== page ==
In 1919 a man named C.E. Thurston founded a small company that would come to be known as C.E. Thurston & Sons. Within a few years they were a well established contractor in the state of Virginia. The company specialized in providing insulation for facilities that maintained extremely high or low temperatures to properly manufacture their wares. In order to provide goods that could endure the heated and frigid environments, C.E. Thurston & Sons used asbestos as a primary ingredient in their products.
Asbestos was used by the company until the end of the 1970's. By that time it was found to be a highly toxic material that was likely to cause damage to the respiratory system of any person that got close to it. The damage would begin after an unsuspecting person inhaled microscopic asbestos fibers which would lodge internally and remain in place for years. When this goes undiscovered, it can lead to serious illness and a potentially deadly form of asbestos cancer known as mesothelioma. The long latency period between exposure and illness means that by the time many patients are diagnosed, they face a short mesothelioma life expectancy and a grim survival rate.
As a result of the use of asbestos, C.E. Thurston & Sons was faced with thousands of personal injury claims from people who were exposed to their products and claimed to have been made ill by them. In an attempt to settle these claims, the company signed The Wellington Agreement in 1985 which established a group called the Asbestos Claims Facility (ACF). The facility would oversee and investigate all claims made against several companies who were part of this agreement, and make payments when it was considered necessary. About two years later the ACF disbanded when multiple companies pulled out of the agreement.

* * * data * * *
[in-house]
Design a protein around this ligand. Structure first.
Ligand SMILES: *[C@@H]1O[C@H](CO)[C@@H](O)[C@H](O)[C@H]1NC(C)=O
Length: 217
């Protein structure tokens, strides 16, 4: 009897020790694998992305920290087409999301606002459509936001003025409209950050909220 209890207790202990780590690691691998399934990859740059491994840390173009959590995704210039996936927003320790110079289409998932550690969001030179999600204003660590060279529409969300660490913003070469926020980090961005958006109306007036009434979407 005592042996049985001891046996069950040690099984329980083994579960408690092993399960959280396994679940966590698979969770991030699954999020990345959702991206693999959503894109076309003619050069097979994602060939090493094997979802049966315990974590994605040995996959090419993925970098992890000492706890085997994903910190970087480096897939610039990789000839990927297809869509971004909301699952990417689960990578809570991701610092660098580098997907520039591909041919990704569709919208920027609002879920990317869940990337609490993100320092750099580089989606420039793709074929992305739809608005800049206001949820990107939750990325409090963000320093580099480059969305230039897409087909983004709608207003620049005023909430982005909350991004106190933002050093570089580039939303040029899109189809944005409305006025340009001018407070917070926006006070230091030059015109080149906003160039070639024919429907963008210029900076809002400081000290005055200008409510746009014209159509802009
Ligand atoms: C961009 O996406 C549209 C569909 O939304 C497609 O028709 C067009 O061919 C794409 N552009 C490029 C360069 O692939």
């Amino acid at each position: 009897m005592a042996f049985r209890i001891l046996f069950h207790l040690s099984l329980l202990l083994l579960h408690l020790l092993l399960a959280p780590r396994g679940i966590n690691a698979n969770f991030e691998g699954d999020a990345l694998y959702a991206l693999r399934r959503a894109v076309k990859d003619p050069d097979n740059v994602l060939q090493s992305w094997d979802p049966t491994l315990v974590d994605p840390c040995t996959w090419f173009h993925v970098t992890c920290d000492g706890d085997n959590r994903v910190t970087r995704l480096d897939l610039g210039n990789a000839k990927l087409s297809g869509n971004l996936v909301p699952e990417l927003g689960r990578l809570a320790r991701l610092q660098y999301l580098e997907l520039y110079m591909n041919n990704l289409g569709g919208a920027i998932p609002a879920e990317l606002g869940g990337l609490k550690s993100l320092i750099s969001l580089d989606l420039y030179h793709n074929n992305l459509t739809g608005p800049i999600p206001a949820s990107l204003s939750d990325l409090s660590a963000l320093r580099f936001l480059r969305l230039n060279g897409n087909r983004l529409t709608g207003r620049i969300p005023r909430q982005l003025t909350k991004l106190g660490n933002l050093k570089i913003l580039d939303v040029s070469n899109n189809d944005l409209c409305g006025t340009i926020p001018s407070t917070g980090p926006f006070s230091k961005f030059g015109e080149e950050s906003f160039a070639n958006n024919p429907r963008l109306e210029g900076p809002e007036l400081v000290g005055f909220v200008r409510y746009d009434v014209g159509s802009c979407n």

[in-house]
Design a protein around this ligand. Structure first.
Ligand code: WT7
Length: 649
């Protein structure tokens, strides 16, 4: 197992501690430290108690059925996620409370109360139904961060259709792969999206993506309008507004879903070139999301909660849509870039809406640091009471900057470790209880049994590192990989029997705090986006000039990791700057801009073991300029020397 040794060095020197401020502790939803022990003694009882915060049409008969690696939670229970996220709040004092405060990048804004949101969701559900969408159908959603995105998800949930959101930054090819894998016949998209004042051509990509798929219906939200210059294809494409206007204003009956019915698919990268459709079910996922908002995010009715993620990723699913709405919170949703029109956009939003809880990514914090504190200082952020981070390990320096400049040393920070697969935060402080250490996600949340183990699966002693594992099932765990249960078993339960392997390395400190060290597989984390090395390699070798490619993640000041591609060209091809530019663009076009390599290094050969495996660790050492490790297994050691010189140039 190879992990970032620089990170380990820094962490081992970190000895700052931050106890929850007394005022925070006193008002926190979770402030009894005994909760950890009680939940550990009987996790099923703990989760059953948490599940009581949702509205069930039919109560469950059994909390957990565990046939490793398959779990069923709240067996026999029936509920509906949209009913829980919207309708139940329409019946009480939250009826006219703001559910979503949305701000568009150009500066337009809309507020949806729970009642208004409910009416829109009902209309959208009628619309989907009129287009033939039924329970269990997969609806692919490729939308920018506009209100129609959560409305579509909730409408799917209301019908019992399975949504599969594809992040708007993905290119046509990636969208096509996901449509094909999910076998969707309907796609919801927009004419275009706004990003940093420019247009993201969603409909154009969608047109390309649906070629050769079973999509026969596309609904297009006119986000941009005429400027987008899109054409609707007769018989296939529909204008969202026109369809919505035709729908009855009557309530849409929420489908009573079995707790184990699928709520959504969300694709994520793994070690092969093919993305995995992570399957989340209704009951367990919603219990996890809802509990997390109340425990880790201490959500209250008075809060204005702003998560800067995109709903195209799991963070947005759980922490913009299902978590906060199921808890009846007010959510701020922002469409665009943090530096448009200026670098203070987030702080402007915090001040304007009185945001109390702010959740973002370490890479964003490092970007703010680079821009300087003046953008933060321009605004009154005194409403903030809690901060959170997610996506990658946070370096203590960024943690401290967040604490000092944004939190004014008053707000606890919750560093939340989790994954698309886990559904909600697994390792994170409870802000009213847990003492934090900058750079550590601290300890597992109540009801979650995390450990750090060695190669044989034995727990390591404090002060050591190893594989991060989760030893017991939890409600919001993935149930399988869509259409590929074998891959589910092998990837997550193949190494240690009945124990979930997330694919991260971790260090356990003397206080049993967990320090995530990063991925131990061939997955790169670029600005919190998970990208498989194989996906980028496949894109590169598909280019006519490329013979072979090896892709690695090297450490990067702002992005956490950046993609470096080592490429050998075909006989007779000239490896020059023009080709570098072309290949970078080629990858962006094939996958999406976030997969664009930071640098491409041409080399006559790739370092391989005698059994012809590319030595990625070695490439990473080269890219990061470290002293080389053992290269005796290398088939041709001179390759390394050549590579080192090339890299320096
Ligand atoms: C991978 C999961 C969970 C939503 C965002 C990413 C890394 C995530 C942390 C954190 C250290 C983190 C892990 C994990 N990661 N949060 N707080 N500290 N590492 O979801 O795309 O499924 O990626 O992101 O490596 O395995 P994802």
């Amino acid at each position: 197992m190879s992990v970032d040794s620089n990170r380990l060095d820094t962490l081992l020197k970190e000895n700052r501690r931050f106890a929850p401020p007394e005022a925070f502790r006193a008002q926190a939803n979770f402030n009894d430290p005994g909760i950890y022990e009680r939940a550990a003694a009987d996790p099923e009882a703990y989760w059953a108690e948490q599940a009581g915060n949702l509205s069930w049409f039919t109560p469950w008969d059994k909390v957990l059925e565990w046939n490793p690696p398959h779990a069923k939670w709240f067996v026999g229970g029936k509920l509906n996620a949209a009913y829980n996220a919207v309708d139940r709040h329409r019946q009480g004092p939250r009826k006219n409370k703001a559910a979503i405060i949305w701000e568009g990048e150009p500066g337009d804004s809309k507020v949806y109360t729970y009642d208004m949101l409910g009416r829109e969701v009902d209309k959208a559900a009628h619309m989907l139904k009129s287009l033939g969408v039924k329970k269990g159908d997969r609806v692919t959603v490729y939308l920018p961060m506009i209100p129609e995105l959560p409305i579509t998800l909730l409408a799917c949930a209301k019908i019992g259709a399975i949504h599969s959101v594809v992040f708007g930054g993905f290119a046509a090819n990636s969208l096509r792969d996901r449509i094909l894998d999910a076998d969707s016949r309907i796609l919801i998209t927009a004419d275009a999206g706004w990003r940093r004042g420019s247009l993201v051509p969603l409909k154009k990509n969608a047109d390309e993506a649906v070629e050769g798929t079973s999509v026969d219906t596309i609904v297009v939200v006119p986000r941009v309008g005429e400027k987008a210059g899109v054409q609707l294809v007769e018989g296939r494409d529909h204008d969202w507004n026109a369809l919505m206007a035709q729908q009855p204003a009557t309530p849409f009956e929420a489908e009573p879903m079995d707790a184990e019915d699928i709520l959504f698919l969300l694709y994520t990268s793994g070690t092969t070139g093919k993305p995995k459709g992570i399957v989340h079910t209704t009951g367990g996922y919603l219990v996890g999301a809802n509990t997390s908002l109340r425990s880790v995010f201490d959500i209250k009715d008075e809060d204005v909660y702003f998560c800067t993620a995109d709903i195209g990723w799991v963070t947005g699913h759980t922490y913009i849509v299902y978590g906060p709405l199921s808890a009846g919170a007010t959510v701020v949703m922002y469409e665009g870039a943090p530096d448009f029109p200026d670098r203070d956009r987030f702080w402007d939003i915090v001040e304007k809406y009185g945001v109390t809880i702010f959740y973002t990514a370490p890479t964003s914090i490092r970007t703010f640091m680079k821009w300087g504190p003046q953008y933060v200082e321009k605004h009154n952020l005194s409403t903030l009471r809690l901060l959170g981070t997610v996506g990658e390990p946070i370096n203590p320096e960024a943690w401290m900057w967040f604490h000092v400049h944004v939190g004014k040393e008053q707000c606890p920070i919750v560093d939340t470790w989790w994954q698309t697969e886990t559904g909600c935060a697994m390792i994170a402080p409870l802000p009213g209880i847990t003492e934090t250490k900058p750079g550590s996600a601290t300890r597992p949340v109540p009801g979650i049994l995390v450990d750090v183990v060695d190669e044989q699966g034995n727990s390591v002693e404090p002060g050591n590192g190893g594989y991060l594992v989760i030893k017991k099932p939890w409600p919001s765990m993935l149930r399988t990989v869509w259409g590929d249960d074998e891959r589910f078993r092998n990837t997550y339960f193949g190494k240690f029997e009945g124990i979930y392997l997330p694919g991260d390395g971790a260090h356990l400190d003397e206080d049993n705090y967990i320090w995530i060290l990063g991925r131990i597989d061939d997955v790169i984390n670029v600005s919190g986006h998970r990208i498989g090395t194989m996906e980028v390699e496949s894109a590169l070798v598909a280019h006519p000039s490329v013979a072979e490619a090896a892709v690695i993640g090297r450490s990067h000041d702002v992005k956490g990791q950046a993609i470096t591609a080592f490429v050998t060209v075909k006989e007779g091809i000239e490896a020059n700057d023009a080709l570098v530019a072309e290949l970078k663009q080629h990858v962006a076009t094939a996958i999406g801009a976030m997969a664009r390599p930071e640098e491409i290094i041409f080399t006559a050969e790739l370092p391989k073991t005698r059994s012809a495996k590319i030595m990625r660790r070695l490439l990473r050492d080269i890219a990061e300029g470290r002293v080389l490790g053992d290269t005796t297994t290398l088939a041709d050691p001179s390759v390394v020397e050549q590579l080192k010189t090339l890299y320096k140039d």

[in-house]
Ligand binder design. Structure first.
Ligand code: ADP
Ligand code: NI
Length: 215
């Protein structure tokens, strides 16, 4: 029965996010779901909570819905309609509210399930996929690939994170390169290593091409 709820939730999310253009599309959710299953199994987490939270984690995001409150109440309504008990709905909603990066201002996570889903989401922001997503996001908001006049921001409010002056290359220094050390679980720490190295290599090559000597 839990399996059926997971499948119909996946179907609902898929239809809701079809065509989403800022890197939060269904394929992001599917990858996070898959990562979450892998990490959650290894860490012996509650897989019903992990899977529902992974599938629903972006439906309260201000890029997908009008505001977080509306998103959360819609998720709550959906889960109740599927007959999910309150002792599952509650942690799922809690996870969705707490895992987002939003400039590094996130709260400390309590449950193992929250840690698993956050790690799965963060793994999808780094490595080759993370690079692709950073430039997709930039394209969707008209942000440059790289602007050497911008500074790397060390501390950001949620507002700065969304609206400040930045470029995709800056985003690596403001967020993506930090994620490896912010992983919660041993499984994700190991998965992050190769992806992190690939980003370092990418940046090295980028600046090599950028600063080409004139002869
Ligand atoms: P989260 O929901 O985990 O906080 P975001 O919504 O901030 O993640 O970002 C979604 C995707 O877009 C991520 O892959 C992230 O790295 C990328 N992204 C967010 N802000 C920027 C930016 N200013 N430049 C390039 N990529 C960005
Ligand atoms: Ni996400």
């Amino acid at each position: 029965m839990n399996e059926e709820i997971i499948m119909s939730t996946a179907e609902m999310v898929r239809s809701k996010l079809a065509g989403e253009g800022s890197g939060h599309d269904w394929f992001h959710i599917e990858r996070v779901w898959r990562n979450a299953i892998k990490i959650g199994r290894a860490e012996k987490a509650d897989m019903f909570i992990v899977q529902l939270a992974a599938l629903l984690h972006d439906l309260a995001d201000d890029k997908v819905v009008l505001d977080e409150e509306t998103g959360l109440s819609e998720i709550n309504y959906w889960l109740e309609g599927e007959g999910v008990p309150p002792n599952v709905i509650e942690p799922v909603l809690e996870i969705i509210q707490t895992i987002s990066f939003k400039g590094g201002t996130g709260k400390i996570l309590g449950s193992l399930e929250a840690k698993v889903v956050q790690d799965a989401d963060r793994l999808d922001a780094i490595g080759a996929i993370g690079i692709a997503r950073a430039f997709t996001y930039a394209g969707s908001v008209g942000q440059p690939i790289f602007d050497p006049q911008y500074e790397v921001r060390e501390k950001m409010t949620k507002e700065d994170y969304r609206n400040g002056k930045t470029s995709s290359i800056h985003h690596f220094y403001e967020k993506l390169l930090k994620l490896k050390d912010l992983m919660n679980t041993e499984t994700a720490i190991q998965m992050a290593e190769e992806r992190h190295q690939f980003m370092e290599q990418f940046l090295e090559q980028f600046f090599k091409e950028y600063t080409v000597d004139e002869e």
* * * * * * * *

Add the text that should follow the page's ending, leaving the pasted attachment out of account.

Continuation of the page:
To continue dealing with their asbestos-related lawsuits, C.E. Thurston and various partners formed the Center for Claims Resolution (CCR) in 1988. The CCR was then responsible for examining claims and establishing settlements on all valid lawsuits. This organization lasted until 2001, and Mr. Thurston was then left to settle all claims on his own accord. He most often dealt privately with claimants and settled for undisclosed sums. By 2006, Thurston sought help from the United States Bankruptcy Court, who helped establish a plan to reorganize the company and create the C.E. Thurston & Sons, Inc. Asbestos Trust to settle any outstanding or future asbestos-related claims. The Trust remains in effect today and handles claims that primarily stem from the 13 individual states in which C.E. Thurston was certified to provide insulation products. An experienced mesothelioma attorney can help evaluate your exposure and determine your eligibility for the C.E. Thurston trust.